An amazing place, amazing stories full of eccentrics all in some strange competition to out do each other. It is a unique landscape of piles of white dirt, old shacks and mining equipment with the characters of the town interwoven in a harsh, unforgiving environment.
The locals have a love/hate relationship with the tourists and you do get the impression that many would be happy if things returned to a simpler, quieter town. Whilst I was soaking at the artesian bore the locals commented that the water was much hotter a couple of days ago which was good as it kept the tourists away.
Shane and I go fishing for a day at Walgett in the Barwon River, one of Shane’s favourite spots. Unfortunately it is our usual record of just catching carp after carp with one surprising little perch that managed to get hooked and naturally had to be released. The countryside is dry, really dry with not a blade of grass to be seen. On the other hand the birdlife is prolific and it is a wonderful sight to see a red tailed black cockatoo majestically circling above me – truly spectacular.
The next day Shane can’t resist another crack at fishing and I head out on a tour around the ‘Ridge’. It is an education on mining, the heartbreak, the jubilation and lots of great stories. I know I couldn’t do it and when the dig next door to you pulls out $12million worth of opals in one day and you are lucky to get $50.00 worth in a month of Sundays it must be just devastating. I guess that’s why so many x miners are the ones driving the tour buses around.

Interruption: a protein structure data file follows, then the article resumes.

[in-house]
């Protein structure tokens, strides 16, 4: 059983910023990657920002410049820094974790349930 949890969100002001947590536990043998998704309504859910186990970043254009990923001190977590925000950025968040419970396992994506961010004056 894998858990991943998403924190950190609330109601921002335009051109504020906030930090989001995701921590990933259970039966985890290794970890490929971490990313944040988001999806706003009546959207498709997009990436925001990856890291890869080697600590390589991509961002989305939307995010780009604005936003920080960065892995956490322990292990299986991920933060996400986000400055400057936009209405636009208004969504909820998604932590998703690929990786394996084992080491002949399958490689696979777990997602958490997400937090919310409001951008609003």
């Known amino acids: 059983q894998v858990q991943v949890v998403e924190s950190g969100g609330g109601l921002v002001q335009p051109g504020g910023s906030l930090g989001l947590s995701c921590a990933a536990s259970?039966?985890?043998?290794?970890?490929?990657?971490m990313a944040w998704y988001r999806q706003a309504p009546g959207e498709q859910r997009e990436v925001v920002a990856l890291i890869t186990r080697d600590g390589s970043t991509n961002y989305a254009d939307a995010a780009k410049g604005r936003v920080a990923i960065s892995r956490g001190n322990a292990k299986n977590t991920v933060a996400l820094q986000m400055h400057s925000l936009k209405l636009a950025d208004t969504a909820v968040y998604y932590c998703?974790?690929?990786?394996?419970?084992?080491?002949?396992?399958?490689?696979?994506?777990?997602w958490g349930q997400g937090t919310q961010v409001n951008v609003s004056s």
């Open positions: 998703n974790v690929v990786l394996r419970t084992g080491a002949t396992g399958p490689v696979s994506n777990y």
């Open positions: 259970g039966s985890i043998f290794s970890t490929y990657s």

Here are some pictures of the incredible Chambers of the Black Hand Gallery and mine I visited – what do you do when you can’t mine – you pick up a butter knife and steel wool and start sculpting.
The population is unknown and people can just disappear. We are told the police have been looking for a fella that has been missing for about 3 weeks. ‘Ratters’, the name given to the low life’s that raid camps/mines for opals mostly under the cover of darkness, are often dealt with by local vigilantes and in the best case scenario are booted out of town never to return, worst case they are never seen again.
Opal mining is a hit and miss affair with no known way of telling where the precious stone might be hidden but once bitten by the bug there seems to be no known cure. The stones are as colourful as the local people and just as fascinating. Local artist, John Murray, has an incredible talent for turning these colours into art with humour and great detail that truly captures the special bond he has with this place.
The water at the communal baths is hot, very hot coming up from over a thousand feet below ground but I still enjoy my daily dip and chat with my fellow bathers.
We will be back!
A few more pics of the sights of Lightening Ridge